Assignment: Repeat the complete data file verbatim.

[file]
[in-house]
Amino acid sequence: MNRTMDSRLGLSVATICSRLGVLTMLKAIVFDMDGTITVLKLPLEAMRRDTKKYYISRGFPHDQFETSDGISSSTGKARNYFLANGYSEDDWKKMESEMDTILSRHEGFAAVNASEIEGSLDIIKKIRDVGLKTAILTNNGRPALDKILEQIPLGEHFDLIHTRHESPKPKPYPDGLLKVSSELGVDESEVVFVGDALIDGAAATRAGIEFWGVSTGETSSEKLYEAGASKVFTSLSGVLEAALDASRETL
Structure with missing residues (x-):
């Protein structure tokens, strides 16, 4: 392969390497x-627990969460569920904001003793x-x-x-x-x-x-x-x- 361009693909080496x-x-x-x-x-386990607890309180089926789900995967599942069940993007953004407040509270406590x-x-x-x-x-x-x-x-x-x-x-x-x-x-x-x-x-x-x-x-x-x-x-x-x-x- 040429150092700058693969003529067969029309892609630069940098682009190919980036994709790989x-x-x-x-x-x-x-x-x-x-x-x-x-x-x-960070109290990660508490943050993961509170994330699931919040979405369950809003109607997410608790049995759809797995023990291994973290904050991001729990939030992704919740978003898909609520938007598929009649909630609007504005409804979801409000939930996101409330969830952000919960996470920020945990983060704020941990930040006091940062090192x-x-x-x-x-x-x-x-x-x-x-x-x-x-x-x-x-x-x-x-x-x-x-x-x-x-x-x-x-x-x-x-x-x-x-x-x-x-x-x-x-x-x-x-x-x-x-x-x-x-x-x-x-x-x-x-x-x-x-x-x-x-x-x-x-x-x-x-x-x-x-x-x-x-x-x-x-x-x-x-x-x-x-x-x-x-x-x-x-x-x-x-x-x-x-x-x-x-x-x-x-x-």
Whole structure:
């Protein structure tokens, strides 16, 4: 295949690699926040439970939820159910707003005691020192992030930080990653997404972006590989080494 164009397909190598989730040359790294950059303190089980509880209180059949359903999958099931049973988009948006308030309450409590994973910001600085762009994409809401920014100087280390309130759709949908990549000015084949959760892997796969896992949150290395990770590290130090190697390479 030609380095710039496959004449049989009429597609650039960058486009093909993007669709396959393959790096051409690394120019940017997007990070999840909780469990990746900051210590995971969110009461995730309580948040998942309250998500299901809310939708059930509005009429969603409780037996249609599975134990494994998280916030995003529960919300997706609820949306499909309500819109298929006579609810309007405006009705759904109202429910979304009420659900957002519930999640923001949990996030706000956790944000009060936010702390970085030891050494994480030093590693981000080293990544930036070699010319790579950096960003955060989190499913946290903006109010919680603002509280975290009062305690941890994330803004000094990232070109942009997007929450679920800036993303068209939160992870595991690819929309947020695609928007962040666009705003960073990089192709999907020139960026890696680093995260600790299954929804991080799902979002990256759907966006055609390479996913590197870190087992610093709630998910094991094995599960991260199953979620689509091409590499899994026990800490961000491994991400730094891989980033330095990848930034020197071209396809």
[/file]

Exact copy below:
[in-house]
Amino acid sequence: MNRTMDSRLGLSVATICSRLGVLTMLKAIVFDMDGTITVLKLPLEAMRRDTKKYYISRGFPHDQFETSDGISSSTGKARNYFLANGYSEDDWKKMESEMDTILSRHEGFAAVNASEIEGSLDIIKKIRDVGLKTAILTNNGRPALDKILEQIPLGEHFDLIHTRHESPKPKPYPDGLLKVSSELGVDESEVVFVGDALIDGAAATRAGIEFWGVSTGETSSEKLYEAGASKVFTSLSGVLEAALDASRETL
Structure with missing residues (x-):
């Protein structure tokens, strides 16, 4: 392969390497x-627990969460569920904001003793x-x-x-x-x-x-x-x- 361009693909080496x-x-x-x-x-386990607890309180089926789900995967599942069940993007953004407040509270406590x-x-x-x-x-x-x-x-x-x-x-x-x-x-x-x-x-x-x-x-x-x-x-x-x-x- 040429150092700058693969003529067969029309892609630069940098682009190919980036994709790989x-x-x-x-x-x-x-x-x-x-x-x-x-x-x-960070109290990660508490943050993961509170994330699931919040979405369950809003109607997410608790049995759809797995023990291994973290904050991001729990939030992704919740978003898909609520938007598929009649909630609007504005409804979801409000939930996101409330969830952000919960996470920020945990983060704020941990930040006091940062090192x-x-x-x-x-x-x-x-x-x-x-x-x-x-x-x-x-x-x-x-x-x-x-x-x-x-x-x-x-x-x-x-x-x-x-x-x-x-x-x-x-x-x-x-x-x-x-x-x-x-x-x-x-x-x-x-x-x-x-x-x-x-x-x-x-x-x-x-x-x-x-x-x-x-x-x-x-x-x-x-x-x-x-x-x-x-x-x-x-x-x-x-x-x-x-x-x-x-x-x-x-x-």
Whole structure:
């Protein structure tokens, strides 16, 4: 295949690699926040439970939820159910707003005691020192992030930080990653997404972006590989080494 164009397909190598989730040359790294950059303190089980509880209180059949359903999958099931049973988009948006308030309450409590994973910001600085762009994409809401920014100087280390309130759709949908990549000015084949959760892997796969896992949150290395990770590290130090190697390479 030609380095710039496959004449049989009429597609650039960058486009093909993007669709396959393959790096051409690394120019940017997007990070999840909780469990990746900051210590995971969110009461995730309580948040998942309250998500299901809310939708059930509005009429969603409780037996249609599975134990494994998280916030995003529960919300997706609820949306499909309500819109298929006579609810309007405006009705759904109202429910979304009420659900957002519930999640923001949990996030706000956790944000009060936010702390970085030891050494994480030093590693981000080293990544930036070699010319790579950096960003955060989190499913946290903006109010919680603002509280975290009062305690941890994330803004000094990232070109942009997007929450679920800036993303068209939160992870595991690819929309947020695609928007962040666009705003960073990089192709999907020139960026890696680093995260600790299954929804991080799902979002990256759907966006055609390479996913590197870190087992610093709630998910094991094995599960991260199953979620689509091409590499899994026990800490961000491994991400730094891989980033330095990848930034020197071209396809």